Or I would say, will SSD kill RAID in the near future? Let start by the beginning, with some simple definitions.
What is RAID? RAID stands for Redundant Array of Independent Disks, originally coined at Berkley University in 1987. RAID is a method of combining several hard drives into one unit. It offers fault tolerance (except fo RAID0) and higher throughput levels than a single hard drive or group of independent hard drives. RAID levels 0,1, 10 and 5 are the most popular.
Why do we need RAID? To achieve high levels of storage reliability from low-cost and less reliable PC-class disk-drive components, via the technique of arranging the devices into arrays for redundancy.
Why are PC-class disk-drive components less reliable? Because of their moving parts, platters, heads, actuator arms, spindle motor, head motor… Although modern drives make extensive use of Error Correcting Codes (ECCs), particularly Reed–Solomon error correction, that doesn’t protect from failure of a moving part, and there are quite a lot of them as you can see.
What is SSD? From Wikipedia.org, a solid-state drive (SSD) is a data storage device that uses solid-state memory to store persistent data. An SSD emulates a hard disk drive interface, thus easily replacing it in most applications. The usage of the term “solid-state” has been adopted to distinguish solid-state electronics from electromechanical devices. With no moving parts, solid-state drives are less fragile than hard disks and are also silent (unless a cooling fan is used); as there are no mechanical delays, they usually enjoy low access time and latency.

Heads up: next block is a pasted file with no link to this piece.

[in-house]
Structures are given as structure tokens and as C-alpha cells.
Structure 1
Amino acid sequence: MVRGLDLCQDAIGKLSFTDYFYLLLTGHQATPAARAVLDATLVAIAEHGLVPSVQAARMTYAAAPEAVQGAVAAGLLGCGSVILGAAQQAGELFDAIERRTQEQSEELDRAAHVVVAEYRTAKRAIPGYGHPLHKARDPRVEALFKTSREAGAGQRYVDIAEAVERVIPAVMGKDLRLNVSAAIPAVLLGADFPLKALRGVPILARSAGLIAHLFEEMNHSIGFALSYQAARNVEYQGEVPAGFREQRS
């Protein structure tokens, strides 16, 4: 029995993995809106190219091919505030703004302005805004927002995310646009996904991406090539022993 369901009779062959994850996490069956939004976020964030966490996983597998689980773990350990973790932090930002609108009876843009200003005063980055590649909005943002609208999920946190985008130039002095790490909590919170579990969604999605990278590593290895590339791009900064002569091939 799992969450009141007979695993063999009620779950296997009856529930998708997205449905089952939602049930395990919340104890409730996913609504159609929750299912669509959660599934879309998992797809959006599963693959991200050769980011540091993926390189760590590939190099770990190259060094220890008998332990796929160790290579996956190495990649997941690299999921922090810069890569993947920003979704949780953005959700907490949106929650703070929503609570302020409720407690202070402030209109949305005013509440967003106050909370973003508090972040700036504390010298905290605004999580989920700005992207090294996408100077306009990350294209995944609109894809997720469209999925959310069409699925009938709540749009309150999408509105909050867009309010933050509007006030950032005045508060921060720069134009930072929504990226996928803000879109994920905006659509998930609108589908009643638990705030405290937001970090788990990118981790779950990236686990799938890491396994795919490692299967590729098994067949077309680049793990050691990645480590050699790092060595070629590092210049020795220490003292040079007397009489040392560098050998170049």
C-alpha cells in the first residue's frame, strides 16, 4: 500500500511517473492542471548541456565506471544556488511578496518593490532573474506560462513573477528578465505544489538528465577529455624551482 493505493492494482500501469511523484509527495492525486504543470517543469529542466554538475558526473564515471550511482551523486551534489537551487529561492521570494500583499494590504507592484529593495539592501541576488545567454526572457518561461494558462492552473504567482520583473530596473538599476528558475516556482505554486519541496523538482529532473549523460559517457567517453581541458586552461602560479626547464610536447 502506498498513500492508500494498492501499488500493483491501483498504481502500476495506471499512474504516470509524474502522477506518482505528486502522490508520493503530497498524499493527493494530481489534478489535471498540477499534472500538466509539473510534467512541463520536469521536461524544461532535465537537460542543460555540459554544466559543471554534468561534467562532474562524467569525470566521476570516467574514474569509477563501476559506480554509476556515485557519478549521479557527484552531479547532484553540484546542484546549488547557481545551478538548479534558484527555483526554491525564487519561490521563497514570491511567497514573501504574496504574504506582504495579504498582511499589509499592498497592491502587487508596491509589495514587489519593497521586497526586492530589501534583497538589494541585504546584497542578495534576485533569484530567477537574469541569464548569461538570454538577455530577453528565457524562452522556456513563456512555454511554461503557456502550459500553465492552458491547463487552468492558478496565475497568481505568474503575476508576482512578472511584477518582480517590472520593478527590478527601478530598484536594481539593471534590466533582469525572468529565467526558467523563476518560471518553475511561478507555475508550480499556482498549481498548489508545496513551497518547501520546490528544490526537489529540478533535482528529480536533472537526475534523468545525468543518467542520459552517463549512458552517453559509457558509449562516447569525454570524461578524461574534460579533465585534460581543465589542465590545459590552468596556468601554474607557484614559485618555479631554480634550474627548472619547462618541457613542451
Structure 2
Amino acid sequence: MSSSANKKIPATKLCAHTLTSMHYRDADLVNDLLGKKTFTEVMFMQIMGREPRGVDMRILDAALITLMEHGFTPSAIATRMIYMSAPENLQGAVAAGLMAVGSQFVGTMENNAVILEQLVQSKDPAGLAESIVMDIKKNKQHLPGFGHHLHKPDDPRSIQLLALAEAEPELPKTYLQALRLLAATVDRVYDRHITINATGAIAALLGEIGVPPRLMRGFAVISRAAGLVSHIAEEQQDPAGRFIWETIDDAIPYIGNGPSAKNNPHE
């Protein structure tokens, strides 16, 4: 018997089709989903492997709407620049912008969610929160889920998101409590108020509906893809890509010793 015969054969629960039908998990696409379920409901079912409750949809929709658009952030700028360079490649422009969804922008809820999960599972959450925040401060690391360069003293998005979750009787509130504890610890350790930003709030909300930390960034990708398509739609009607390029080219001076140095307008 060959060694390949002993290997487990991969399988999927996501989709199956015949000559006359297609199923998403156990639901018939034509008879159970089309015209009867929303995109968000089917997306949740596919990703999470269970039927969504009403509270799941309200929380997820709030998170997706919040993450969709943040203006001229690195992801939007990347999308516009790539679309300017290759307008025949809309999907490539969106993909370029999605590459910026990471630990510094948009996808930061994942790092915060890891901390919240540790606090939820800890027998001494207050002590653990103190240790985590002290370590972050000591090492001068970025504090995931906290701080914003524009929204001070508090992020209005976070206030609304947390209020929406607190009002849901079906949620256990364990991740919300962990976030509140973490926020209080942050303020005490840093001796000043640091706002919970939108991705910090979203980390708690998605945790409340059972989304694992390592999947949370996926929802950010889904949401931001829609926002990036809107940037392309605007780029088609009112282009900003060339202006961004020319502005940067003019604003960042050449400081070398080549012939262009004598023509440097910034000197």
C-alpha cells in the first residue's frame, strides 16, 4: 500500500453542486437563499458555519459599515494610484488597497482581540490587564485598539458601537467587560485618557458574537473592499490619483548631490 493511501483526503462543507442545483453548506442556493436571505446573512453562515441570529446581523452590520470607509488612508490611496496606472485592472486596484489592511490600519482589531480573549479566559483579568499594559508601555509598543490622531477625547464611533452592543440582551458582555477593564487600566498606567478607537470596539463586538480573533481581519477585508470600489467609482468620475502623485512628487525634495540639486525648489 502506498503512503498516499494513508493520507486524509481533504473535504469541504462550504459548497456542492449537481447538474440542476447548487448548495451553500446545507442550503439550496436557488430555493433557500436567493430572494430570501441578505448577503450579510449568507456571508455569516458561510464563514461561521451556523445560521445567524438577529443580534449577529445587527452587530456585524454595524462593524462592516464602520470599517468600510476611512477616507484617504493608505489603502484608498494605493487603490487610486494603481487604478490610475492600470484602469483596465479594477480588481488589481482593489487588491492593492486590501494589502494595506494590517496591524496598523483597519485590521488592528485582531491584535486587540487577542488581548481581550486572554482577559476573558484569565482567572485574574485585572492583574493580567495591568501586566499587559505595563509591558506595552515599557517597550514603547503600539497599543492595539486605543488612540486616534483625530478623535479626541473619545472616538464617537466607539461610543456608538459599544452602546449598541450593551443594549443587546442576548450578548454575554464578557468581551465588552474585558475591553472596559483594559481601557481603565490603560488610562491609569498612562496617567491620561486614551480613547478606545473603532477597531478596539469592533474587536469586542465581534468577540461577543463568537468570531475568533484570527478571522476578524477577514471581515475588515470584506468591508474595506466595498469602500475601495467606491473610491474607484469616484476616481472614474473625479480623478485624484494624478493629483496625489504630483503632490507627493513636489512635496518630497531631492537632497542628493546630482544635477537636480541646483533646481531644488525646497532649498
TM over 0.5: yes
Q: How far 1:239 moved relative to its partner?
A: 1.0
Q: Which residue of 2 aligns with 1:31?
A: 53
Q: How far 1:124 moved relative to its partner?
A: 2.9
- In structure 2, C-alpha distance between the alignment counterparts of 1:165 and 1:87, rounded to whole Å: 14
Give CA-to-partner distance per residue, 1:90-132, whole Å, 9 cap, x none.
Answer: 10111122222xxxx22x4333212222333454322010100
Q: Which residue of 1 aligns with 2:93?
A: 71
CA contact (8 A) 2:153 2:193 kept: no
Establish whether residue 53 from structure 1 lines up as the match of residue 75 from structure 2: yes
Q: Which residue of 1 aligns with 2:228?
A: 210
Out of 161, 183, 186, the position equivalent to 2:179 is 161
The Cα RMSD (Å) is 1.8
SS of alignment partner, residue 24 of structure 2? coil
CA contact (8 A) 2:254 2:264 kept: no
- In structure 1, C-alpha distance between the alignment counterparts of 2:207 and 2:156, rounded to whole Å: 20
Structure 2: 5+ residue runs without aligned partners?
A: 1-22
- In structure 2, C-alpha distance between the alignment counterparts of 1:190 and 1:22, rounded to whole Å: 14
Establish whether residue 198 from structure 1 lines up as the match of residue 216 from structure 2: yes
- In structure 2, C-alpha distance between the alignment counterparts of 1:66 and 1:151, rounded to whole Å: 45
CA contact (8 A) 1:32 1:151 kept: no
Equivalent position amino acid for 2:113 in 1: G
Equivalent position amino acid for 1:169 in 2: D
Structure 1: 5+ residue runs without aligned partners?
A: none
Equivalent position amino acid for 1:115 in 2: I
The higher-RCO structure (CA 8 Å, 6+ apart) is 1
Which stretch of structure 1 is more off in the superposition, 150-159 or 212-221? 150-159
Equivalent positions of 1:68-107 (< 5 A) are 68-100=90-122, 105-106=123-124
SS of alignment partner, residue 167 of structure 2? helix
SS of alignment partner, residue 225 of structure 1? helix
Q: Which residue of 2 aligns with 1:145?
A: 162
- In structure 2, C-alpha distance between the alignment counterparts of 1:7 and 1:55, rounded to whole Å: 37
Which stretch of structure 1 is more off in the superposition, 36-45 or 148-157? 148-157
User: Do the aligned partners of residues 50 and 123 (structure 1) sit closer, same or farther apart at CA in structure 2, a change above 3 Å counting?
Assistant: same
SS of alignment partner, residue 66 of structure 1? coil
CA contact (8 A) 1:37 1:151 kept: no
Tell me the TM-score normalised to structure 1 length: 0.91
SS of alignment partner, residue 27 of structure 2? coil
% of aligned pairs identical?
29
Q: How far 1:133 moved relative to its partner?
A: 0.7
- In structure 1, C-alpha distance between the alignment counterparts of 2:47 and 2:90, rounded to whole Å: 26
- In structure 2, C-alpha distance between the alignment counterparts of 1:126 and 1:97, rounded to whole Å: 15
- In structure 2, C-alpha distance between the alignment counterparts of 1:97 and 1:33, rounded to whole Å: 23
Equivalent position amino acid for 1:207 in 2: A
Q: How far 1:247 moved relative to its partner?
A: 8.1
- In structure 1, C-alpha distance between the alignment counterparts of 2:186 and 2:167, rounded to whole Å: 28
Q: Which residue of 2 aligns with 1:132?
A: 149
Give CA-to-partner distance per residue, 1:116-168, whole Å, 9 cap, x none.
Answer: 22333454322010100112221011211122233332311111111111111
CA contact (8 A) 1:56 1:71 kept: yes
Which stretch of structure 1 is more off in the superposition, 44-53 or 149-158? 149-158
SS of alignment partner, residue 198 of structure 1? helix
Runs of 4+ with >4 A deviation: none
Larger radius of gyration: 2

So there is no moving parts? Nope, nada, nicks, nothing.
So if there is no moving parts, the MTBF is much higher than a regular hard disk, is it? Well surprisingly, it is not… Look at 2 examples here:
- A WD VelociRaptor 300GB 10k rpm hard disk’s MTBF -> 1.4 million hours!
- An Intel X-25M 80GB Solid State Drive’s MTBF -> 1.2 million hours!
How do you calculate MTBF? Wow this one is very tricky, there are different models, the two most popular models are MIL-HDBK-217 and Telcordia (formerly Bellcore) SR332. There are so many parameters that you can have different MTBF results with one model, and with another model you could have very dissymmetric results. Basicaly we can say that MTBF of a drive is obtained by multiplying a large quantity of the drives (thousands?) with the number of hours running before experiencing a failure in the batch. For example, when a disk manufacturer batch tested 1500 units of hard disk and achieved an average of 30 days operation out of the batch between each individual unit failure, then the MTBF of the disk is 1500 x 30 x 24 hours = 1 million hours. Unfortunately hard disk vendors are not keen to explain how they do to calculate the MTBF 😦
So now that we understand a bit more the whole picture, that we saw that the MTBF is almost the same between a regular hard disk and a SSD one, do you think we can rely on SSD and stop using RAID to protect your data? I don’t! RAID will still be there for quite some times, and actually by setting a RAID you could achieve even better results in terms of bandwidth, IOPS, and … MTBF!